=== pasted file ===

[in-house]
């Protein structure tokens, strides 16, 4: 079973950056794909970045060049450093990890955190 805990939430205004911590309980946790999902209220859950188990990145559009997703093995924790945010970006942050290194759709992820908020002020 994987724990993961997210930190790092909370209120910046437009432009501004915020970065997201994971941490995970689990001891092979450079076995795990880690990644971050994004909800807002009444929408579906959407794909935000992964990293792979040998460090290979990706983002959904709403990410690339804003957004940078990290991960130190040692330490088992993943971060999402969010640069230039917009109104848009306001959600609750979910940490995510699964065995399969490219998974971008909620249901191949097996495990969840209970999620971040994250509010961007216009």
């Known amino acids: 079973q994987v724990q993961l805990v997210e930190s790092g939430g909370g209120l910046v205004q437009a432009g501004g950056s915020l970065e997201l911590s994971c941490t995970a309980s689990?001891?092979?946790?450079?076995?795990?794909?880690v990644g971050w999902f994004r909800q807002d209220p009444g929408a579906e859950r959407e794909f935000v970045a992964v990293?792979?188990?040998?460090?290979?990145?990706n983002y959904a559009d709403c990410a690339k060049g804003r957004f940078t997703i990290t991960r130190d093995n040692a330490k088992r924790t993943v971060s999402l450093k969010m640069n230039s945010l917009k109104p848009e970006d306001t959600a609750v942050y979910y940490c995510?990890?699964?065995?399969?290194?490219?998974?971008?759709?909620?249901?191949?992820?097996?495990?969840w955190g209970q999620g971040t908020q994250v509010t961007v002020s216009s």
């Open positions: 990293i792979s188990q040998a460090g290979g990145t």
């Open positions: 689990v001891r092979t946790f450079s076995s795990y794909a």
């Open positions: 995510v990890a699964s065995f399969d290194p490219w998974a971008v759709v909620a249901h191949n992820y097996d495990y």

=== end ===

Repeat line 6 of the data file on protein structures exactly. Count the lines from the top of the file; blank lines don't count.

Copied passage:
């Open positions: 995510v990890a699964s065995f399969d290194p490219w998974a971008v759709v909620a249901h191949n992820y097996d495990y």